Hearth Tax Returns
The Hearth Tax was introduced in 1662 as a means of raising additional revenue. Householders were required to pay two shillings for each fire-hearth, one shilling at Michaelmas and one at Ladyday (25 March). Only those whose house was worth more than 20 shillings a year and who paid church and poor rates were liable for hearth tax. The tax-collectors had to collect an exemption certificate from those who were not eligible to pay. The certificate had to be signed by the incumbent, churchwardens and overseers of the poor, and counter-signed by two Justices of the Peace.
The tax was imposed between 1662 and 1688. Only tax returns for 1662-1666 and 1669-1674 were sent in to the Exchequer. Outside these dates, the tax was farmed out to private collectors who paid a fixed sum to the government in return for the right to collect the tax. These collectors did not have to send returns to the Exchequer. The most complete return for the country which survives is that of 1664.
The occupier of every house in the parish had to submit a written statement of the number of hearths in his house to the parish constable. The constable made out a parish assessment and collected in the tax half-yearly. He then drew up a return of the money collected, or made notes on the assessment that the money had been paid.
These parish returns were submitted to the Clerk of the Peace who made a county roll which was sent to the Exchequer. The original copies made by the constables are likely to be the most accurate because the constable was familiar with the names of local people.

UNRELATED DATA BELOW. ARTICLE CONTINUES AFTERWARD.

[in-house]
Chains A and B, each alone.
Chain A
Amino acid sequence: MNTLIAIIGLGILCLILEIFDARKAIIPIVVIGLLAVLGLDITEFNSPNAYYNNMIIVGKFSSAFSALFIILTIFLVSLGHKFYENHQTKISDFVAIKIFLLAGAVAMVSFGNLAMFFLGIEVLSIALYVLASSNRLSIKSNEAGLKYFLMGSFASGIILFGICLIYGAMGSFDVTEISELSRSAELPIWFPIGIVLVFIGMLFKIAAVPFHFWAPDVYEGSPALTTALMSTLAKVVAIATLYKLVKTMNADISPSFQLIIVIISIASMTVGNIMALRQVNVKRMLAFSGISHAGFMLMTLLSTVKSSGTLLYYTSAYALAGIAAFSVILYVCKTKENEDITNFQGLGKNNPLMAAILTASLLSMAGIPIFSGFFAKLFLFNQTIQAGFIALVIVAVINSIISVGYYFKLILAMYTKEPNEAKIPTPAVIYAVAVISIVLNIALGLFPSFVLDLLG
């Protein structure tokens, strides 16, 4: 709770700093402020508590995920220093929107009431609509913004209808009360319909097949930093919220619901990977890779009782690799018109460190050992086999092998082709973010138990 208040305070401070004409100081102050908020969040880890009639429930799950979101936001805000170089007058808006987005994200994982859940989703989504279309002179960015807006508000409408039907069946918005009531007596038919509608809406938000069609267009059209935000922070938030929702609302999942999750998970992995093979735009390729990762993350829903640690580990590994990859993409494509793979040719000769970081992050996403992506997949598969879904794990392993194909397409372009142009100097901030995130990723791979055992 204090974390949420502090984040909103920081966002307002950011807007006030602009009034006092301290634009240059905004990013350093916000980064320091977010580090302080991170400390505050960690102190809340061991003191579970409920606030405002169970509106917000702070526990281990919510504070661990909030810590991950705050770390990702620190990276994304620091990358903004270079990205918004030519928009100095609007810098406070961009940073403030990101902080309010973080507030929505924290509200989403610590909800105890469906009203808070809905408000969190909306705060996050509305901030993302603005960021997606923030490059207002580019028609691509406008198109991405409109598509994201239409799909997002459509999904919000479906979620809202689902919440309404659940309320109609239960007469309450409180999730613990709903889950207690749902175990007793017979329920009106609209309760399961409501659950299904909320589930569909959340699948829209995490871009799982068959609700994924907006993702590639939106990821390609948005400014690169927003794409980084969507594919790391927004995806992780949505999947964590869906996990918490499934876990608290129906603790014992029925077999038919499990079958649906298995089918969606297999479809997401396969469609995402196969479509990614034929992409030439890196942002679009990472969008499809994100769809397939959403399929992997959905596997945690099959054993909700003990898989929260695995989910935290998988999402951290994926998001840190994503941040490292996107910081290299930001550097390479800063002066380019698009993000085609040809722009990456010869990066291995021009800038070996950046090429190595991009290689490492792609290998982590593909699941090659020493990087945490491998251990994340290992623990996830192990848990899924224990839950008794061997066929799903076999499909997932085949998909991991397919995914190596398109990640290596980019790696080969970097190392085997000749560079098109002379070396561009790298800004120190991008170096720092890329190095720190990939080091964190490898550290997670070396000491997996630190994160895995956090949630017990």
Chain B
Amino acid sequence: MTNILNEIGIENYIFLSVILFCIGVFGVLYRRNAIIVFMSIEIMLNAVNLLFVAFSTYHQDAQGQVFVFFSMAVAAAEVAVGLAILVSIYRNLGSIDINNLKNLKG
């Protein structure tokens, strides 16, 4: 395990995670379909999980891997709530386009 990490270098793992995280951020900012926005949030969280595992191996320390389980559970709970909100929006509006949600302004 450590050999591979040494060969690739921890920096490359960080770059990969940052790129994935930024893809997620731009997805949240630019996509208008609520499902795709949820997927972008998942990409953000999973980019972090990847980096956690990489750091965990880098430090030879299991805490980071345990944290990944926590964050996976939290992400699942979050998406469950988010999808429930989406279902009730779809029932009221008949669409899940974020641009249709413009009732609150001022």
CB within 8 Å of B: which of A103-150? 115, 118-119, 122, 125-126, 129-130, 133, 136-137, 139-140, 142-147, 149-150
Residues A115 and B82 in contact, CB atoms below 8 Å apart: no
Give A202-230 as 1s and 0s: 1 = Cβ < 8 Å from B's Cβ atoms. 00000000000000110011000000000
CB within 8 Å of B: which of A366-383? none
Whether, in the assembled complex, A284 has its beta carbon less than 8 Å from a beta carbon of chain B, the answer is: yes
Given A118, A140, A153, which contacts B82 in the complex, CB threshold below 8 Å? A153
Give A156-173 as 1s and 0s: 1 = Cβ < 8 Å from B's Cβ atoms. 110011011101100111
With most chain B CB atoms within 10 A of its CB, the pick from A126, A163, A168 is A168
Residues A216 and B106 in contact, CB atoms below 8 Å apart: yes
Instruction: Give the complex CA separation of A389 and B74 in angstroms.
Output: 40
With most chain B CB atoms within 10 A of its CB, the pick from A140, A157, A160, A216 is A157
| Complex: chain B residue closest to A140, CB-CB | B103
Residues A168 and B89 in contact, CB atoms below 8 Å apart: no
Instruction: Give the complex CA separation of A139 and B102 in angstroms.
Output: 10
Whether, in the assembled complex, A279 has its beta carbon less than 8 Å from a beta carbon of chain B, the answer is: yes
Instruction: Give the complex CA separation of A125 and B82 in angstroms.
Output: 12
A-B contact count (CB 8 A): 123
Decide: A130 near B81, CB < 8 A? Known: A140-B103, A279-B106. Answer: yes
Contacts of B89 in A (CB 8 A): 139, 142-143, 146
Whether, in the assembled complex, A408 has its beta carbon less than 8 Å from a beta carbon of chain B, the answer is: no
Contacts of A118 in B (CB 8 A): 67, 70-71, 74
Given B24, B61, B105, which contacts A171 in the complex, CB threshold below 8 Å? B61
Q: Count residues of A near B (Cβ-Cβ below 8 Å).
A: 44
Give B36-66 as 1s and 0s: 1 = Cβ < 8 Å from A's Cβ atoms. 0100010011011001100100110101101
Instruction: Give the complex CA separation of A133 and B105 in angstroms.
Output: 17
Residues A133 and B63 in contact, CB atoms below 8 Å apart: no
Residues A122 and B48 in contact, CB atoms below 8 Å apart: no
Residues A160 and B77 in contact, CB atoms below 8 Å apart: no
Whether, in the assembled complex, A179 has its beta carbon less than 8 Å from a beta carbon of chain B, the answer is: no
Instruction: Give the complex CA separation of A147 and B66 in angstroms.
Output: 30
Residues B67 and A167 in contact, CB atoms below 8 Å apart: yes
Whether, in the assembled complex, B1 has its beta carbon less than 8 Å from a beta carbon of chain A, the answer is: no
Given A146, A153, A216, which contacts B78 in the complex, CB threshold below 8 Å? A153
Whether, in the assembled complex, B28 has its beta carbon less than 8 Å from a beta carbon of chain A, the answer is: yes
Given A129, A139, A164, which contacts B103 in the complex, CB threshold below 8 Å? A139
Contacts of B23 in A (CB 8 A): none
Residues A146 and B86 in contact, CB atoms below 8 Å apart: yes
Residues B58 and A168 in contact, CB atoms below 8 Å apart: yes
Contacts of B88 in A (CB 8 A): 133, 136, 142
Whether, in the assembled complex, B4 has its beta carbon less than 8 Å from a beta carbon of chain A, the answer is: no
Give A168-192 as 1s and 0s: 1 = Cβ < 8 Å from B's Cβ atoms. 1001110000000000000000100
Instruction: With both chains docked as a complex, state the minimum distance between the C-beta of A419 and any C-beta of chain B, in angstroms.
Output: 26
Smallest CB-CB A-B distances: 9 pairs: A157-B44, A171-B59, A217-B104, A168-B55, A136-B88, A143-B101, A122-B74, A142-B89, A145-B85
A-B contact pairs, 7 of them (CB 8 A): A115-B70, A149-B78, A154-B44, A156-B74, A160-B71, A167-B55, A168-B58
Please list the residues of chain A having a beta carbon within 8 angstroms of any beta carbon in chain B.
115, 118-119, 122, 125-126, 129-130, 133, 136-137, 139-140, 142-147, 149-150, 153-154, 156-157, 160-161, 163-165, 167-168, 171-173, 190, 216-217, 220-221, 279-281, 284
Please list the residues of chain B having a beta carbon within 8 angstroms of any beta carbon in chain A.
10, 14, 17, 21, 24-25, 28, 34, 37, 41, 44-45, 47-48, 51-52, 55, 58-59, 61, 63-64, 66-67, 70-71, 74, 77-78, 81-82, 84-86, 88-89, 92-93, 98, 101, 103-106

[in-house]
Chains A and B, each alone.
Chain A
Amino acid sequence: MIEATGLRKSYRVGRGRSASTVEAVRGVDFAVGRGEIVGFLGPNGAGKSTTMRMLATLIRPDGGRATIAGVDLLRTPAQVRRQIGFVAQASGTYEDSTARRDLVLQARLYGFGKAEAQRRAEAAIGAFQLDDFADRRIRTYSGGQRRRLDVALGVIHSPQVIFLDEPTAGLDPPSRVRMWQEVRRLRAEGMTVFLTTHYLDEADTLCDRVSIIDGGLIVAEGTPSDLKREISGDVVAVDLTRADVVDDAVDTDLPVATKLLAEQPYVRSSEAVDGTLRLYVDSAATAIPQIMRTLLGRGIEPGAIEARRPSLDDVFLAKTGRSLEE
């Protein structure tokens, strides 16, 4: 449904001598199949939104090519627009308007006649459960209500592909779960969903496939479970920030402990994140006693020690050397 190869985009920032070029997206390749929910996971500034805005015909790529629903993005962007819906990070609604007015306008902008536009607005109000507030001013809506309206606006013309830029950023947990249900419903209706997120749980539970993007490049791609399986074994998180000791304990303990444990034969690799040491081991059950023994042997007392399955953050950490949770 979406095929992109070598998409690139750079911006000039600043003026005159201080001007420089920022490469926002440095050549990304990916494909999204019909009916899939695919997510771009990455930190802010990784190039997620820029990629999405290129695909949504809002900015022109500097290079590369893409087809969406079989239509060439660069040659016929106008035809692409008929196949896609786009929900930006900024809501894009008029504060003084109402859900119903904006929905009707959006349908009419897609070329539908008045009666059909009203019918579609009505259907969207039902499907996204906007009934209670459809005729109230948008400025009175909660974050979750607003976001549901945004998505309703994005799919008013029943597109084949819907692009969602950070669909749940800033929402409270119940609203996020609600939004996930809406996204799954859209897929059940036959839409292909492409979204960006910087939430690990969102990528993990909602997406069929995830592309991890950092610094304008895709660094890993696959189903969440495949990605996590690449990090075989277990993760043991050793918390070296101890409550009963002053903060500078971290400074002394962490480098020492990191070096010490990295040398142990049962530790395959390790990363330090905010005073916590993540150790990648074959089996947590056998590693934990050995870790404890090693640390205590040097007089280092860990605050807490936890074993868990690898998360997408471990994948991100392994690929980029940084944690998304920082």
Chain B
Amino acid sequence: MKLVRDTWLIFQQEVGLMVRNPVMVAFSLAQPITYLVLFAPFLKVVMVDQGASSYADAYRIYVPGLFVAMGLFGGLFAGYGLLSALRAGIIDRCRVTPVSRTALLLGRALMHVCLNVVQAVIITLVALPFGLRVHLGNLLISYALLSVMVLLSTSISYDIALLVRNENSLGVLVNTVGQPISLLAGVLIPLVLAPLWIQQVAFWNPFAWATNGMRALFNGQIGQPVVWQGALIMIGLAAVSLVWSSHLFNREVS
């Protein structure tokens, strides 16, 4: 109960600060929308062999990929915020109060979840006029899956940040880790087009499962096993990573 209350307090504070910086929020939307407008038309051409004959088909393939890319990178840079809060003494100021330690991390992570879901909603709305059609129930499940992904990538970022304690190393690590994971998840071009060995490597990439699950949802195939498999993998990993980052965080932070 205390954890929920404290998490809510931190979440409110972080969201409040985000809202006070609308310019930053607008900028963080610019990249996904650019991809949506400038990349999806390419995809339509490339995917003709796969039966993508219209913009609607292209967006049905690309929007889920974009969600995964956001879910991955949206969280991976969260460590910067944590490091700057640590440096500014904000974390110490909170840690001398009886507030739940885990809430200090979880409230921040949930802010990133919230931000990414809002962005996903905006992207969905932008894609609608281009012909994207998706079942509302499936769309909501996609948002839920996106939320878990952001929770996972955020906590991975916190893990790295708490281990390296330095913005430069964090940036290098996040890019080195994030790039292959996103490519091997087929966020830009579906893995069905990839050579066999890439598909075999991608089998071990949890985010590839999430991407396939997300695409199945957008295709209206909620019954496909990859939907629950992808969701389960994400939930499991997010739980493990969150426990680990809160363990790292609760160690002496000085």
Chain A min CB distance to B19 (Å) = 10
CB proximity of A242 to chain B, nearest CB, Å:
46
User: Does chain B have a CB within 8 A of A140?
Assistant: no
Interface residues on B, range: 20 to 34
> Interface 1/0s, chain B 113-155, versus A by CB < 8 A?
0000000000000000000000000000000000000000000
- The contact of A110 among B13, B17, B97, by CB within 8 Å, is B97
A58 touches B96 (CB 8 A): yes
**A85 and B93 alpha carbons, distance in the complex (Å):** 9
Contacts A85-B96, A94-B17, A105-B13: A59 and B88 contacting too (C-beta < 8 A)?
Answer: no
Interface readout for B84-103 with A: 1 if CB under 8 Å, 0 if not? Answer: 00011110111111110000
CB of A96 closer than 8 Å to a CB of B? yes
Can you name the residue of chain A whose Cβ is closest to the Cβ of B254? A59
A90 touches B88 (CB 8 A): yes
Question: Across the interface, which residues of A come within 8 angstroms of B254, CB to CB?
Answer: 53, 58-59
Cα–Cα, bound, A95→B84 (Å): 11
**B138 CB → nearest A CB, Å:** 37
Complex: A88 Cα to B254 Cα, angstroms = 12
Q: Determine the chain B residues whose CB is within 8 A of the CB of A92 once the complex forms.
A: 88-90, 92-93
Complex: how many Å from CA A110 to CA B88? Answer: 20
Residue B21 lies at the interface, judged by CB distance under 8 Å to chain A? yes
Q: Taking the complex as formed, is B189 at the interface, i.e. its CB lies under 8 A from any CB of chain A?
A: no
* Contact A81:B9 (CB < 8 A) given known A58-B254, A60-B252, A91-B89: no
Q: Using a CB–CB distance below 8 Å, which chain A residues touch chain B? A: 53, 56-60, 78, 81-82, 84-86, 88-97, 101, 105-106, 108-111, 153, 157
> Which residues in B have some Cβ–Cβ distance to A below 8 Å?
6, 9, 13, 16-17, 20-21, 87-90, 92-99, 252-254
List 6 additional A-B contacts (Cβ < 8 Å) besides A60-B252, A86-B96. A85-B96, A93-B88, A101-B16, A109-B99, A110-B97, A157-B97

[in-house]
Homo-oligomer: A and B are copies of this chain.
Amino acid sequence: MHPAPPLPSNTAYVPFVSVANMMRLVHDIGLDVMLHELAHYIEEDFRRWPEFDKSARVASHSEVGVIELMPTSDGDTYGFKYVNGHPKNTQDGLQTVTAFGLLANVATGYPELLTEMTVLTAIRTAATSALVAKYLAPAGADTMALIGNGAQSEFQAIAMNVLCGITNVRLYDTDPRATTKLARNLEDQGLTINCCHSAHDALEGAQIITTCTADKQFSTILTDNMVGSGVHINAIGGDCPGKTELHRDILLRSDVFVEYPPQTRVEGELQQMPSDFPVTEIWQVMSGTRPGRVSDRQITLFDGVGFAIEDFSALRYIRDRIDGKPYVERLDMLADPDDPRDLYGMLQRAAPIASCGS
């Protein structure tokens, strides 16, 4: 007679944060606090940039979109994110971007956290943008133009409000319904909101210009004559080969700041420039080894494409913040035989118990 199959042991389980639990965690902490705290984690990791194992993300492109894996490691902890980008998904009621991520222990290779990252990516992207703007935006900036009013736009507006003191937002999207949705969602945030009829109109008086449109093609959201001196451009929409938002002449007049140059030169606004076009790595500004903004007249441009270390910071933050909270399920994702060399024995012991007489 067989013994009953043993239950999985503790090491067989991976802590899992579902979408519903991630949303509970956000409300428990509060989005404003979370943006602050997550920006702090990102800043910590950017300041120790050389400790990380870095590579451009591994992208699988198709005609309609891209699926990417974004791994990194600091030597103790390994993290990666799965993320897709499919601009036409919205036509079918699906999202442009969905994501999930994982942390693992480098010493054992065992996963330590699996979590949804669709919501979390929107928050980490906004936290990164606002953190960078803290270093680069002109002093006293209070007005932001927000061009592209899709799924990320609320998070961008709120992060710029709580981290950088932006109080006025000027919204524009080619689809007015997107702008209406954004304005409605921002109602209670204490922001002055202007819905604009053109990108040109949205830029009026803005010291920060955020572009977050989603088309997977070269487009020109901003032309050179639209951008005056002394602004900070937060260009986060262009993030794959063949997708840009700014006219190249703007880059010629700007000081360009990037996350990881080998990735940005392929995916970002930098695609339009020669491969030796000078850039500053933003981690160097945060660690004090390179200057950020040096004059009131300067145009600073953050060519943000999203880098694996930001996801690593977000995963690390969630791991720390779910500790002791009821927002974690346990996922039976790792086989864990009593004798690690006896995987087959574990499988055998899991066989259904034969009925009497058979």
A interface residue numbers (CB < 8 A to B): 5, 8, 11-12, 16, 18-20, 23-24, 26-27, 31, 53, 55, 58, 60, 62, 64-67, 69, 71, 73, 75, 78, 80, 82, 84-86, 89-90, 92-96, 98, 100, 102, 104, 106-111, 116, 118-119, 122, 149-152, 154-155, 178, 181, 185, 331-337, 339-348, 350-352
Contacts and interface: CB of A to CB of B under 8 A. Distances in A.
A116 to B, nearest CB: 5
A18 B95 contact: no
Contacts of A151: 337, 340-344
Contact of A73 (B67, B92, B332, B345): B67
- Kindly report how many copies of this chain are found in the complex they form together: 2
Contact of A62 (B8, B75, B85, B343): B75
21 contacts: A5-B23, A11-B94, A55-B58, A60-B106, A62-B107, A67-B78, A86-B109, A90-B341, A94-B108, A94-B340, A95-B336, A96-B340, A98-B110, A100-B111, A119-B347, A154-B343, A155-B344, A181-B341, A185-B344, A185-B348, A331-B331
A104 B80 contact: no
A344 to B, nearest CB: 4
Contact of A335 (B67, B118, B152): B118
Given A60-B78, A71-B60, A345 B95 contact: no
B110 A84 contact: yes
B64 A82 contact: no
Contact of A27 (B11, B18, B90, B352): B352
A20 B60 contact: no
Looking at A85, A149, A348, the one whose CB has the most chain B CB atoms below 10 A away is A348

The return for Devon for 1662 is very incomplete. A small part of the Ladyday 1664 return survives, and no returns survive for Michaelmas 1664 and for 1665. The most complete return for Devon is for Ladyday 1674 and this was transcribed and published by T. L. Stoate in 1982. There is a copy of this publication on the reference library shelves in the Devon Record Office search-room, and another in the Westcountry Studies Library.
In Devon, there are returns for the city of Exeter in the City Archives, and partial returns for the county in the Quarter Sessions records. A microfilm of returns held at the Public Record Office is kept in the Westcountry Studies Library.
"The Hearth Tax, other later Stuart Tax Lists, and the Association Oath Rolls", Jeremy Gibson, Federation of Family History Societies
"Devon Hearth Tax, 1674", T. L. Stoate, 1982
"Exeter in the Seventeenth Century: Tax and rate assessments, 1602-1699" (includes Hearth Tax 1671), ed. W. G. Hoskins, Devon & Cornwall Record Society, vol 2.